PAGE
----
Wednesday 26th April 2017,

Ivorian attacks against Gbagbo and his supporters intensify | Young Academic World News

Young Academic has been made aware of some worrying news from the Ivory Coast. Although we are the national student news service, we feel that some current affairs stories as well as global and national news just needs to be reported.

Former Ivorian President Laurent Gbagbo and his supporters are at risk of violence from protesters and militants in the East African country. New President Alassane Ouattara called on Monday for the hostility to come to an ends but reports are suggesting this has been ignored.

“Abstain from all forms of reprisals and violence” Ouattara said earlier in the week.

Yesterday saw military forces carrying out searches in the homes of supposed Gbagbo followers in such areas as Koumassi and Yopougon, seemingly discarding any orders from the Ivorian government.

“Serious human rights violations committed by Laurent Gbagbo and his supporters, as well as those committed by forces loyal to Alassane Ouattara, must be tackled and the perpetrators brought to justice.”

 

Charities such as Amnesty International have been attempting to find the truth from locals and have been told how officials from the former Presidents ethnic group have been taken from their homes and shot.

Veronique Aubert, Amnesty International’s Deputy Africa Editor had the following to say; “Dozens of young people are going into hiding in Abidjan out of fear for their lives. In the western part of the country people suspected of being pro-Gbagbo are also terrified. Many are hiding in the bush after their villages were burned down and they need to be protected.”

Amnesty has learned that the village of Zikisso, 300 km west of Abidjan, has been attacked several times, including last Sunday, by armed forces allegedly loyal to President Alassane Ouattara. The village chief, Gnagbo Matthias, was abducted by these forces Monday and is reportedly being held in the town of Lakota.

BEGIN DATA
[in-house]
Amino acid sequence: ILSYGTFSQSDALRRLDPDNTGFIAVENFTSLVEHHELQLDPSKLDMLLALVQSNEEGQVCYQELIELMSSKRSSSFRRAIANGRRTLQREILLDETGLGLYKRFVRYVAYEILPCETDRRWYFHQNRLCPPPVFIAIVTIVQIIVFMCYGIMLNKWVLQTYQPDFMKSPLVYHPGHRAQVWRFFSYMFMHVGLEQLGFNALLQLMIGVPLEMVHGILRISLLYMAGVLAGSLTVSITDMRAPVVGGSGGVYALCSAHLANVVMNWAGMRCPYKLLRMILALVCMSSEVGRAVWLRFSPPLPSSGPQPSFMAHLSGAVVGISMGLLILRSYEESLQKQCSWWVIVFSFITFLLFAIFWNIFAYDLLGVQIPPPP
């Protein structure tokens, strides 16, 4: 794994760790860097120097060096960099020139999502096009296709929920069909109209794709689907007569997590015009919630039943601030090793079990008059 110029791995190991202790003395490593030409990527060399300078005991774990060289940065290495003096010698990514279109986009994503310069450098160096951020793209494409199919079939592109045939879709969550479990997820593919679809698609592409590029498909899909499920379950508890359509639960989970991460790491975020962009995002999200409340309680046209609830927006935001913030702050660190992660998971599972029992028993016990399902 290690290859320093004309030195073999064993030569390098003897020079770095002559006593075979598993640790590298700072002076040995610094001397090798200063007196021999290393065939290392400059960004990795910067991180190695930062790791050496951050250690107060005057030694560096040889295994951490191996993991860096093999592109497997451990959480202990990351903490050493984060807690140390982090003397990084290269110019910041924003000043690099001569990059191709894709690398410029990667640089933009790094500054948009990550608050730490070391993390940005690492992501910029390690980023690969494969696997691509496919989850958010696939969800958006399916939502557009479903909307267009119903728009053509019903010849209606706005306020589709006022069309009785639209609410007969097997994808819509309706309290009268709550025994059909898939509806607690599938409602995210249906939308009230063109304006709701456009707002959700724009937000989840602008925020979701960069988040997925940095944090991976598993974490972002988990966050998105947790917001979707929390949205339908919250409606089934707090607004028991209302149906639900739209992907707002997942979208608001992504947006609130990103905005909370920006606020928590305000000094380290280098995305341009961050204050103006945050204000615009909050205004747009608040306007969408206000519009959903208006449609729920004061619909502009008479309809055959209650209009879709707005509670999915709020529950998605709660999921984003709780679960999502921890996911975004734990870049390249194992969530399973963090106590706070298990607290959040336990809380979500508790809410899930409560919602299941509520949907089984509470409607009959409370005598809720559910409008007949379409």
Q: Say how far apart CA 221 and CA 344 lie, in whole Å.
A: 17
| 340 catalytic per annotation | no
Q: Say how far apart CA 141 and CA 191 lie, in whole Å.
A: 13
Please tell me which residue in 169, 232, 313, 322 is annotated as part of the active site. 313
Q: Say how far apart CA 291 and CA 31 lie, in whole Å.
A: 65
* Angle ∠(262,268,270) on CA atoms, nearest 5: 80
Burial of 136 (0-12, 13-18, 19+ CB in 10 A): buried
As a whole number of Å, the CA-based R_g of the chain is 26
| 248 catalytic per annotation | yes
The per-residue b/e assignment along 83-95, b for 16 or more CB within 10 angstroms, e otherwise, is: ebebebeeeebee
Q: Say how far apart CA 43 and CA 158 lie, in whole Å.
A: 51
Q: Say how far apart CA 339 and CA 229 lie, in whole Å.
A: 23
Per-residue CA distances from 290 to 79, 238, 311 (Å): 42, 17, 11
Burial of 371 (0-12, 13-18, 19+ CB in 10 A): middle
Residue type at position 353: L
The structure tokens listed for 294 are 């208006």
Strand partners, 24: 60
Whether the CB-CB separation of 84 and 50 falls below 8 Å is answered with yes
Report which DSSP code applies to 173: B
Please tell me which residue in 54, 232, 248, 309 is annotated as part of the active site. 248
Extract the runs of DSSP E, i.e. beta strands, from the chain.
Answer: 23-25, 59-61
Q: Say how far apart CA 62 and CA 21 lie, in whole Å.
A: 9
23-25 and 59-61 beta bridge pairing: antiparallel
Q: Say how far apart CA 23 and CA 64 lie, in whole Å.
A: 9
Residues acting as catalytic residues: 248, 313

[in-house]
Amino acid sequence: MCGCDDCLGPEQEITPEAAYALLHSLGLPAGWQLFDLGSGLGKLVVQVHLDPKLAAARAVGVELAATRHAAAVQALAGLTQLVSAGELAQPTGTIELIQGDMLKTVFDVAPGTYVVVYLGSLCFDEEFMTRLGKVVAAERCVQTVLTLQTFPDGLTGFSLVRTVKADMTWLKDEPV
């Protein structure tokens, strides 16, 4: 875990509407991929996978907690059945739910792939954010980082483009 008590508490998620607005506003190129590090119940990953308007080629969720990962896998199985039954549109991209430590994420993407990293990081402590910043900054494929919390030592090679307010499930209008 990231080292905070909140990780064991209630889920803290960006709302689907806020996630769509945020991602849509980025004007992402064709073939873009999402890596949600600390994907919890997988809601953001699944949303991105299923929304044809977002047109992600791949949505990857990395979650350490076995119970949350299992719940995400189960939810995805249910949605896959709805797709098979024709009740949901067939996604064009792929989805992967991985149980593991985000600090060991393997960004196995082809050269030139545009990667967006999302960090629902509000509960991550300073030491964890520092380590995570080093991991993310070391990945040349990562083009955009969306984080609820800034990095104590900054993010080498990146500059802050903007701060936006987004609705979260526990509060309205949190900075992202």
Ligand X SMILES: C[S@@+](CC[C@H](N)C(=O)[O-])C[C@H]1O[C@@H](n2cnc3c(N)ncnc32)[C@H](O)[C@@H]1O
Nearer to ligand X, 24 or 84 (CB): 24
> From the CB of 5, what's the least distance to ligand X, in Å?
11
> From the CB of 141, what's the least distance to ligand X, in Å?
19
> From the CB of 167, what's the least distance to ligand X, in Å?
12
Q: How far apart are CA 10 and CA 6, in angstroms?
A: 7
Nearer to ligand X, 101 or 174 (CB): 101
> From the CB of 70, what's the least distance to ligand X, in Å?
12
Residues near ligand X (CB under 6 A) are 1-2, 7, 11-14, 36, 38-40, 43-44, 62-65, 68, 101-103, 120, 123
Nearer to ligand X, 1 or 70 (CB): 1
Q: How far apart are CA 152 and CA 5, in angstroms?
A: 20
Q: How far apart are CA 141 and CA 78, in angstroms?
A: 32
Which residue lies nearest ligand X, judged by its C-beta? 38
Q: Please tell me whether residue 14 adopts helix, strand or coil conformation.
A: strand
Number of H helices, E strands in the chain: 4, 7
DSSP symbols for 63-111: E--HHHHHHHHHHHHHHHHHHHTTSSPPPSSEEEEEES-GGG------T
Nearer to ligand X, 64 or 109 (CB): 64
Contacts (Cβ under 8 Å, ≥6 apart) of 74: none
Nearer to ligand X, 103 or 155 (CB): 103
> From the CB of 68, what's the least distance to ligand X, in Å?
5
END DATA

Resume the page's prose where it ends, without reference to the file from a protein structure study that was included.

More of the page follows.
Humanitarian conditions are rapidly deteriorating in a Catholic mission in Duékoué (600 km west of Abidjan) where 27,500 people took refuge after hundreds of people were killed on the basis of their ethnic origin or presumed political affiliation.

Aubert went on to state; “They are trapped in overcrowded and appalling conditions, having fled their homes after atrocious abuses were carried out by both parties to the conflict. The local authorities are telling the displaced people that they can return to their villages, but people are afraid of reprisals and refuse to leave the camp. These people need proper shelter and protection from the UN mission in Ivory Coast (UNOCI).

“Only justice and protection can bring an end to the climate of fear in Ivory Coast. Alassane Ouattara must establish law and order in the country by giving strong instructions to all his forces to respect human rights and prevent abuses by anyone.”

“Serious human rights violations committed by Laurent Gbagbo and his supporters, as well as those committed by forces loyal to Alassane Ouattara, must be tackled and the perpetrators brought to justice.”

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About The Author

Charles Whitworth is the Editor of the Young Academic publications. Graduating from the University of Liverpool with a Bachelor of Arts degree in Journalism in 2008, Charles learnt his trade in newsrooms such as IPC Media and Sky. He has now developed as a top sports, music and current affairs journalist and has been printed in a range of publications including The Guardian. His interests include Cricket, Football, Rugby, Music and Current Affairs. Fresh from the editorship of Student Times he now takes the reins at Young Academic - the premier student news portal. Connect with me on Google+

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